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Lipopolysaccharide-Induced Mitochondrial DNA Depletion

Discussion in 'Other Health News and Research' started by Waverunner, Sep 11, 2011.

  1. Waverunner

    Waverunner Senior Member

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    Very interesting since KDM tests and finds LPS in most of his patients.

    http://www.ncbi.nlm.nih.gov/pubmed/21767162

    Antioxid Redox Signal. 2011 Jul 18. [Epub ahead of print]

    Lipopolysaccharide-Induced Mitochondrial DNA Depletion.
    Choumar A, Tarhuni A, Lettron P, Reyl-Desmars F, Dauhoo N, Damasse J,
    Vadrot N, Nahon P, Moreau R, Pessayre D, Mansouri A. INSERM, U773,
    Centre de Recherche Biomdicale Bichat Beaujon CRB3 , Paris, France .

    Abstract Hepatic energy depletion has been described in severe sepsis,
    and lipopolysaccharide (LPS) has been shown to cause mitochondrial DNA
    (mtDNA) damage
    . To clarify the mechanisms of LPS-induced mtDNA damage
    and mitochondrial alterations, we treated wild-type (WT) or transgenic
    manganese superoxide dismutase-overerexpressing (MnSOD(+++)) mice with
    a single dose of LPS (5?mg/kg). In WT mice, LPS increased
    mitochondrial reactive oxygen species formation, hepatic inducible
    nitric oxide synthase (NOS) mRNA and protein, tumor necrosis factor-
    alpha, interleukin-1 beta, and high-mobility group protein B1
    concentrations. Six to 48?h after LPS administration (5?mg/kg), liver
    mtDNA levels, respiratory complex I activity, and adenosine
    triphosphate (ATP) contents were decreased. In addition, LPS increased
    interferon-? concentration and decreased mitochondrial transcription
    factor A (Tfam) mRNA, Tfam protein, and mtDNA-encoded mRNAs.
    Morphological studies showed mild hepatic inflammation. The LPS (5?mg/
    kg)-induced mtDNA depletion, complex I inactivation, ATP depletion,
    and alanine aminotransferase increase were prevented in MnSOD(+++)
    mice or in WT mice cotreated with 1400W (a NOS inhibitor), (2-(2,2,6,6-
    tetramethylpiperidin-1-oxyl-4-ylamino)-2-oxoethyl)triphenylphosphonium
    chloride, monohydrate (a superoxide scavenger) or uric acid (a
    peroxynitrite scavenger). The MnSOD overexpression delayed death in
    mice challenged by a higher, lethal dose of LPS (25?mg/kg). In
    conclusion, LPS administration damages mtDNA and alters mitochondrial
    function. The protective effects of MnSOD, NOS inhibitors, and
    superoxide or peroxynitrite scavengers point out a role of the
    superoxide anion reacting with NO to form mtDNA- and protein-damaging
    peroxynitrite. In addition to the acute damage caused by reactive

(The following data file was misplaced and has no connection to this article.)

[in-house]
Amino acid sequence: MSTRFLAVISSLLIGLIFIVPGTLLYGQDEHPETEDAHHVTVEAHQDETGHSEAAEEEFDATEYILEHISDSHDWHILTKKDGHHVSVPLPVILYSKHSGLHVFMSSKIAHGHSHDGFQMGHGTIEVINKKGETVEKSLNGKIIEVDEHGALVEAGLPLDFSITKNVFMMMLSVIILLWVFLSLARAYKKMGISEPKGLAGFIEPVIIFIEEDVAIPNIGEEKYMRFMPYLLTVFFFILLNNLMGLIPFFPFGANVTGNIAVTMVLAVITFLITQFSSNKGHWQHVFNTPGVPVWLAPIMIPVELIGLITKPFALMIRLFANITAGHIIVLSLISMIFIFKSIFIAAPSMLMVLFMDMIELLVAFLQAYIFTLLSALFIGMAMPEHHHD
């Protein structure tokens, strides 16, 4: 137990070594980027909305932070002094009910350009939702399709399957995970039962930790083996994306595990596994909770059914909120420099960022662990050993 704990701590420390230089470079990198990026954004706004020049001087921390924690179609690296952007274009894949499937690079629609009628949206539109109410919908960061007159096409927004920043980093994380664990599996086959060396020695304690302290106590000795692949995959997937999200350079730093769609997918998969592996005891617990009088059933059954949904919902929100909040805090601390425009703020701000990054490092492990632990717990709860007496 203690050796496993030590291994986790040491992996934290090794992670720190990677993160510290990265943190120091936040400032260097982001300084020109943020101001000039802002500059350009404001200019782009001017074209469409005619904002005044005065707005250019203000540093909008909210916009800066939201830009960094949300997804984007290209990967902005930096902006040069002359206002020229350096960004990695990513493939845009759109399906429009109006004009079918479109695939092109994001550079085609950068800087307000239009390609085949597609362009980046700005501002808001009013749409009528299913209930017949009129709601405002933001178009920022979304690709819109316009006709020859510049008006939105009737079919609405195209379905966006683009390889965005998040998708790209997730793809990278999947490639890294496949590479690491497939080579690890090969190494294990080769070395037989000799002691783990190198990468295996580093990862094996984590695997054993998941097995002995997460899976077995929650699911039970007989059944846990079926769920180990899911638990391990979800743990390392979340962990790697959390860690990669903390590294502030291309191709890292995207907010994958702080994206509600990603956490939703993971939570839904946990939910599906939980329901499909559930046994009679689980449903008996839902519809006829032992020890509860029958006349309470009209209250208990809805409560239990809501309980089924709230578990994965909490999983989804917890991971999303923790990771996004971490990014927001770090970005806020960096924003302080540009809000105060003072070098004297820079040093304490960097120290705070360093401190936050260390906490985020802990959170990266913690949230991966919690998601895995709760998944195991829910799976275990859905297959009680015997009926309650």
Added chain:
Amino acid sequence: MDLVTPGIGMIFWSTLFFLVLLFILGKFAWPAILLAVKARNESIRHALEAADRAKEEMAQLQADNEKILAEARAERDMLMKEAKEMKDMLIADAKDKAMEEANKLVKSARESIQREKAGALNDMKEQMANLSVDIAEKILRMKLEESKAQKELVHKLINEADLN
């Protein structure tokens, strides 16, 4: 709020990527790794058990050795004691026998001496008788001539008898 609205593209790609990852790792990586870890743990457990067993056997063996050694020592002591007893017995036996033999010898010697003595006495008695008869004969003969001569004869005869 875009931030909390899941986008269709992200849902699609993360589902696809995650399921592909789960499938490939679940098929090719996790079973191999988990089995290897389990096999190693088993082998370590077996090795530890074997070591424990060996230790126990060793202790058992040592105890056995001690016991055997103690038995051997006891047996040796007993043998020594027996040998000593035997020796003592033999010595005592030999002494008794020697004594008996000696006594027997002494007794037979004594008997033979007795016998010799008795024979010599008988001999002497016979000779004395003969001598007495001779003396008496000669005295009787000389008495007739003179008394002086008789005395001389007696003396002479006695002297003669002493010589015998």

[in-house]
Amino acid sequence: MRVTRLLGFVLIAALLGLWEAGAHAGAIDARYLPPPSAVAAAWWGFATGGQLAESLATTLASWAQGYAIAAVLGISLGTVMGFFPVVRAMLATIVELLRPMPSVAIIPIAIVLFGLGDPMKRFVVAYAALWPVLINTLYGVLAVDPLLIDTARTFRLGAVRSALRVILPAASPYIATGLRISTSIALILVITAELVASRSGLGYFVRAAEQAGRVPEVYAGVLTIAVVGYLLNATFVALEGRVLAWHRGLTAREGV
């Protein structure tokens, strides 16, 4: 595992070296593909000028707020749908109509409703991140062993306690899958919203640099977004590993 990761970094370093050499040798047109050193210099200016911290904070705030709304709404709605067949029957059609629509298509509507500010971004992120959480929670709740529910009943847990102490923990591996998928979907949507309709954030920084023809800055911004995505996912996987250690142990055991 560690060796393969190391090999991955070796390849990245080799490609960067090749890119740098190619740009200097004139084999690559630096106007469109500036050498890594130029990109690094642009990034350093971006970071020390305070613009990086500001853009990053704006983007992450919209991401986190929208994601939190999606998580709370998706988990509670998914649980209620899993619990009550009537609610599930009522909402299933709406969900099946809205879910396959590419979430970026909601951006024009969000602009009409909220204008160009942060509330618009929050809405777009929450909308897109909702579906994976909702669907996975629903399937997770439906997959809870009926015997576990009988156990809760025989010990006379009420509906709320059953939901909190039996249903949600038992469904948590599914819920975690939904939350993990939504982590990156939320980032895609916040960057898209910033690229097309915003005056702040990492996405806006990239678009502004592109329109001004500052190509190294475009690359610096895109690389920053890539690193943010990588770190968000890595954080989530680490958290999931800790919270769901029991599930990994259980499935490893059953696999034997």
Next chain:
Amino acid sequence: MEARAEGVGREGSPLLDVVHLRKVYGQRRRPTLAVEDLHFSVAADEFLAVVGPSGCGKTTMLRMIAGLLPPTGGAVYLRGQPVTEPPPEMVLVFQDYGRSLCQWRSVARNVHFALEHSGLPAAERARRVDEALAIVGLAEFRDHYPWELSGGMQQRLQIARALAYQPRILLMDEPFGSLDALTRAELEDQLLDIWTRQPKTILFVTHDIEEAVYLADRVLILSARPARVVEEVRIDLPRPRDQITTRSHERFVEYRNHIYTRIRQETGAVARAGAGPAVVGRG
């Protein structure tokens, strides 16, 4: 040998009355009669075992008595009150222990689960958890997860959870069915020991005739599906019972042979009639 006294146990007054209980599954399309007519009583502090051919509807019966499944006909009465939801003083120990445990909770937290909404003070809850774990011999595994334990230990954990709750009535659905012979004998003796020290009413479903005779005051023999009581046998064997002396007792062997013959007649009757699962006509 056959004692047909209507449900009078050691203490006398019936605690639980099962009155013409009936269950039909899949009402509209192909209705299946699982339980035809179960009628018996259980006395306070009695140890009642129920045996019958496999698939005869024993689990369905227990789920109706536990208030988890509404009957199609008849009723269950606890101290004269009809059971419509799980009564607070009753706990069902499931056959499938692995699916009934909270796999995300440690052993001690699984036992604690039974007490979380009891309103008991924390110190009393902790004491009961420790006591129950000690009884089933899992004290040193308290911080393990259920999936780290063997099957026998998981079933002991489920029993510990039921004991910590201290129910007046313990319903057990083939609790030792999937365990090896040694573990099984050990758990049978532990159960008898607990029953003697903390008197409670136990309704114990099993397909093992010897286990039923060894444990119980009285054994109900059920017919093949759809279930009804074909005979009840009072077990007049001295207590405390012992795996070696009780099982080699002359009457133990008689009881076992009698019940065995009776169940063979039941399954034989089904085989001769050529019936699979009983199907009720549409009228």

species, decreased levels of mitochondrial transcripts contribute to
    mitochondrial dysfunction.
    PMID:21767162
     
    rosie26 likes this.
  2. alex3619

    alex3619 Senior Member

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    Hi, KDM does not just find LPS in patients, he finds it proportional to severity of symptoms. Also, this is potentially the driving force behind the NO/ONOO issues and much of our oxidative stress. I wonder if it can also explain our mitochondrial dysfunction - and why it differs a little patient by patient, it may depend on which mitochondrial genes are damaged. Bye, Alex
     
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  3. Waverunner

    Waverunner Senior Member

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    Yes, the genes probably have an influence on how much our mitochondria get compromised. The most important question however seems to be what causes the LPS in our blood. Bacteria probably but why do we have these bacteria and why do they or a our immune system malfunction? Antibiotics are no solution, they can make things a lot better but the bacteria return sooner or later so what makes them grow so good?
     
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  4. alex3619

    alex3619 Senior Member

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    Hi waverunner, everyone has masses of LPS in the gut. The gut is supposed to detox it, and the liver picks up the rest. Therefore both the gut and liver detox have failed in us. So the question is, why have they failed? I don't know much/enough about specific LPS detox, but it would not surprise me if it is glutathione dependent. This could be feeback loops (eg methylation), cytokines or a virus infection as I see it, although other specific toxins may play a role. Bye, Alex
     
  5. Waverunner

    Waverunner Senior Member

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    Yes, one can probably break down the cause to a virus, methylation or a genetic defect. It's still sad however, that we have no answer also we probably could have, if more scientists would look into this field and if it would receive more attention.